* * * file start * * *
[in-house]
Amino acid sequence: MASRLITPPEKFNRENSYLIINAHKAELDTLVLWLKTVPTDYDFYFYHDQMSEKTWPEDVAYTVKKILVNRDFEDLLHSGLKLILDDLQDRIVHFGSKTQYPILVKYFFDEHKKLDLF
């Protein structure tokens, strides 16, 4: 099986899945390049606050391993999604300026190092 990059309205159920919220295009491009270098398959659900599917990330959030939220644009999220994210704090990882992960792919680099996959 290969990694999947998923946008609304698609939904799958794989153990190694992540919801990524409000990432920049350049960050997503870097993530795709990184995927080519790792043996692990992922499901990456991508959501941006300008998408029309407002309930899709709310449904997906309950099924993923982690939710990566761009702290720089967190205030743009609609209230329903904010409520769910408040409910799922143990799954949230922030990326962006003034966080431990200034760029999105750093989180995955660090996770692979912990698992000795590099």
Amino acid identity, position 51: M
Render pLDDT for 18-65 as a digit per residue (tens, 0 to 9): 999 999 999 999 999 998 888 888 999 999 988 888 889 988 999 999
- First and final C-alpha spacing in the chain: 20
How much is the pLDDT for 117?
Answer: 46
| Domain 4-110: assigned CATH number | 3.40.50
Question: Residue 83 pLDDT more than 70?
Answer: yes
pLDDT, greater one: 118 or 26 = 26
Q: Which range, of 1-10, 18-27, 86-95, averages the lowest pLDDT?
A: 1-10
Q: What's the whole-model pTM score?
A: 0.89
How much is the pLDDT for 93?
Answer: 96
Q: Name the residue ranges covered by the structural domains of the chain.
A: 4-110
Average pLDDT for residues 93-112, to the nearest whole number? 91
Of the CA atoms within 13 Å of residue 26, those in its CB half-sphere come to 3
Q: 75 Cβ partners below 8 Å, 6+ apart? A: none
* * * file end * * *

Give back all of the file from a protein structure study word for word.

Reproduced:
[in-house]
Amino acid sequence: MASRLITPPEKFNRENSYLIINAHKAELDTLVLWLKTVPTDYDFYFYHDQMSEKTWPEDVAYTVKKILVNRDFEDLLHSGLKLILDDLQDRIVHFGSKTQYPILVKYFFDEHKKLDLF
């Protein structure tokens, strides 16, 4: 099986899945390049606050391993999604300026190092 990059309205159920919220295009491009270098398959659900599917990330959030939220644009999220994210704090990882992960792919680099996959 290969990694999947998923946008609304698609939904799958794989153990190694992540919801990524409000990432920049350049960050997503870097993530795709990184995927080519790792043996692990992922499901990456991508959501941006300008998408029309407002309930899709709310449904997906309950099924993923982690939710990566761009702290720089967190205030743009609609209230329903904010409520769910408040409910799922143990799954949230922030990326962006003034966080431990200034760029999105750093989180995955660090996770692979912990698992000795590099």
Amino acid identity, position 51: M
Render pLDDT for 18-65 as a digit per residue (tens, 0 to 9): 999 999 999 999 999 998 888 888 999 999 988 888 889 988 999 999
- First and final C-alpha spacing in the chain: 20
How much is the pLDDT for 117?
Answer: 46
| Domain 4-110: assigned CATH number | 3.40.50
Question: Residue 83 pLDDT more than 70?
Answer: yes
pLDDT, greater one: 118 or 26 = 26
Q: Which range, of 1-10, 18-27, 86-95, averages the lowest pLDDT?
A: 1-10
Q: What's the whole-model pTM score?
A: 0.89
How much is the pLDDT for 93?
Answer: 96
Q: Name the residue ranges covered by the structural domains of the chain.
A: 4-110
Average pLDDT for residues 93-112, to the nearest whole number? 91
Of the CA atoms within 13 Å of residue 26, those in its CB half-sphere come to 3
Q: 75 Cβ partners below 8 Å, 6+ apart? A: none